Hot Creek on a Cold Day
By Suzanne Hurt
Early morning cold licks our cheeks with the tenderness of a hungry coyote. We snap into cross-country skis and hit the snow for a cold pilgrimage to the hot springs known as Hot Creek.
Snowmobilers, hikers, skiers and snowshoers have made competing tracks through the frosty terrain. Monster tire tracks turn the road into a sufferfest. We lay skinny tracks on the roadside where we can. Mostly we slog from ski track to ruts to fresh snow quickly interrupted by momboosa ruts. We find nice tracks and get in the zone, only to crater into an impassable hollow carved out by a tire.
It's not the backcountry. But it is the way into the hot springs.
We loosely follow Mammoth Creek, here a sinuous landing zone for herons and ducks. Sparkling hoarfrost crystals turn Long Valley into a field of diamonds.
We were told crowds have overrun Hot Creek. Crowds and disrespect for sacred natural areas turns off some, including indigenous people. But the only other person out here is wildlife biologist Denyse Racine, who's skiing to survey bald eagles. She's lived in Bishop 16 years.
"I've never gone in the creek because I've heard too many horror stories," she says.
We ski a couple miles, hide our skis and head down a narrow path.
Mist rises off Hot Creek. Steam vents out of rocks. The dark creek percolates in a few spots like a thick soup simmering in a cauldron. The hydrogen sulfide stench grows. A thick column of gray steam rolls at least 100 feet into the air. It's easy to see the steam as malevolent. Half a dozen signs warn "Danger. Scalding Water. Unstable Ground. Keep Out."
The creek sits in an ancient caldera left when an enormous volcano erupted like killer sex 760,000 years ago. Hot Creek is a place where Mother Earth relieves internal pressure and heat more or less gradually, its fissures venting warm water to the surface.
People get nervous talking about it, but the volcanic system is far from dead. Scientists monitor the activity closely. It's been quiet since 1998, says Chris Farrar, a U.S. Geological Survey geologist.
The phenomena that create Hot Creek start four to five miles below the earth's surface, where water is heated by superhot rock or magma. Hot water and steam flow for miles under the valley floor, escaping through two main faults. At Hot Creek, several thermal springs bubble out of the streambed and mix with icy Mammoth Creek.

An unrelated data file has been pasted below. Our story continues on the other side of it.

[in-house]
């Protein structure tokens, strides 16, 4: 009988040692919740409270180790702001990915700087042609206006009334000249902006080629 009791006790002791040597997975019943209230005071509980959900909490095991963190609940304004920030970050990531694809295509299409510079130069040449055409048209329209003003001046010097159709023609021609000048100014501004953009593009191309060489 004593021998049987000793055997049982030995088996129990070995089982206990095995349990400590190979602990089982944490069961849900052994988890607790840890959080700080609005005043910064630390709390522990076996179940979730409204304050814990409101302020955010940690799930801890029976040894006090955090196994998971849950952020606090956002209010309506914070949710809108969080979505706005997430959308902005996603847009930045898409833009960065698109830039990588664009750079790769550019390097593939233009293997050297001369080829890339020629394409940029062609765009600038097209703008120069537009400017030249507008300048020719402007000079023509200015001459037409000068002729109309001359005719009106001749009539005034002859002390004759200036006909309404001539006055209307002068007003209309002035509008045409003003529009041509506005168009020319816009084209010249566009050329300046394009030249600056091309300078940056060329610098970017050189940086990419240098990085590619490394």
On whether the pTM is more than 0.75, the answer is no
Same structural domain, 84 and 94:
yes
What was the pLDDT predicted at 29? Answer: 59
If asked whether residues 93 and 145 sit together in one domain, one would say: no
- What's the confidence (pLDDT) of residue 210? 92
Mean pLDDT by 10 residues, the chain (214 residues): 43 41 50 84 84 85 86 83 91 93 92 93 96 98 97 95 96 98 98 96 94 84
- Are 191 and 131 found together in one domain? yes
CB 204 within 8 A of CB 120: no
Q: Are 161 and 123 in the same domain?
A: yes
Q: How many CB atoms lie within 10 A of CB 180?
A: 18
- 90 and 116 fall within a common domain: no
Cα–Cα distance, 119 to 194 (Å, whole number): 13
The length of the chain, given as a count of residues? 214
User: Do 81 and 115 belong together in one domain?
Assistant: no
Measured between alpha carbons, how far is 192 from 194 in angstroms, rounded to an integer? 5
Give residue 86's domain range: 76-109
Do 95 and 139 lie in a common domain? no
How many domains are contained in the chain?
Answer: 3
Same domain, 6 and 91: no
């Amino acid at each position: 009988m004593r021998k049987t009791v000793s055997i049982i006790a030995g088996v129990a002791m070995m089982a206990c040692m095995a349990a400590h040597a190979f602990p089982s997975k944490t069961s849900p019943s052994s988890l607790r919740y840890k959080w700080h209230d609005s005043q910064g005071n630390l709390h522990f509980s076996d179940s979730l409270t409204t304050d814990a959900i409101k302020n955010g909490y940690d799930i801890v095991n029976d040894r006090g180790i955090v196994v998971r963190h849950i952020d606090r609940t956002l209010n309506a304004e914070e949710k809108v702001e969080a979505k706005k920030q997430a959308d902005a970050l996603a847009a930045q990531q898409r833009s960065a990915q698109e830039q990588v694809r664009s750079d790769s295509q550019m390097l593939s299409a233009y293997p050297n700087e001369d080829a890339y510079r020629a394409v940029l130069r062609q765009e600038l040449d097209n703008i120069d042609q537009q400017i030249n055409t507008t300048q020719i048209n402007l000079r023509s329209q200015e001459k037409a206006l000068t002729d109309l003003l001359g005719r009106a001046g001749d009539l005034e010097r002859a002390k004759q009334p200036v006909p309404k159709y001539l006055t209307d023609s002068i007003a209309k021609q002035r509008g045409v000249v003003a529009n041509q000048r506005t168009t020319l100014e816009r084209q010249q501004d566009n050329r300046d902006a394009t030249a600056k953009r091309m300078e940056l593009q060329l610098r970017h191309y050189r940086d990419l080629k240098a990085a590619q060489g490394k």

If the volcanic system were dead, there'd be no Hot Creek. And no fraidy cats on the bank looking for a way in.
Another couple snowshoes down. Organic veggie growers Barb and David Perkins came from Wisconsin to sample hot springs. We talk about the cauldron. Water even boils just beneath the ground. Just when we can't freak each other out any more, another couple walks past and disappears.
Linda and David Chun change behind rocks. They walk into a large pool. I watch skeptically, but they don't sink in a frothing mass of skin and bones. "It's warm. So nice," he says.
I slip into the steaming water next to Linda and find the adorable Burbank couple has trekked to Hot Creek since 1988.
"This is healing water," she says, running water over her arms. "Very good for you. It makes your skin like a baby's. It heals everything: Dandruff. Athlete's foot. We brought my friend. She had a problem with her leg. She walked here with a cane. Her husband carried her down on his back. She sat in here three hours. She walked out."
I like the sound of that. The Perkins follow us in. A fourth couple comes: Mary Schnurer, 38, of Lake Forest and Ross Anderson, 38, of Oceanside. Soon seven of us are stretched out in a half moon around a natural cauldron. Agua caliente literally boils out of the ground a few feet away. Hot liquid blasts are followed by cool swirls from Mammoth Creek. Steam floats around us.
Signs warn the springs carry high levels of arsenic, boron, chloride and lithium. The Chuns convince us the water is good for our skin. We rub sand and water all over. The water is only dangerous if you drink it. More dangerous is the potential for non-swimmers to be drawn into a bubbling vent to cook or drown. The ground rumbles there.
"It sounds like magma could explode underneath us any time," I say.
"It could," Dave says, relaxing into the sand.
"If it's our time, we'll go," Ross says without concern.
We gel for two hours. People slowly leave. Afternoon's fading when three dudes in shorts show up with a backpack full of snow and beer.
Mammoth Lakes snowboarder Greg Frayo, 22, leads J. Thompson and Ian Joachim in with beer and smiles after a day on Mammoth Mountain. The guys chatter in that stream-of-consciousness way you get still high on sports adrenaline. They take turns making beer runs to the backpack.
One of the dudes sees if his Bud will float and says, "Someone should invent a beer catamaran. So you can just set your beer in the water and relax."
Two more apres-ski groups straggle in. Temperatures dive and we leave. We'll hit every momboosa rut in the dark, but we no longer care.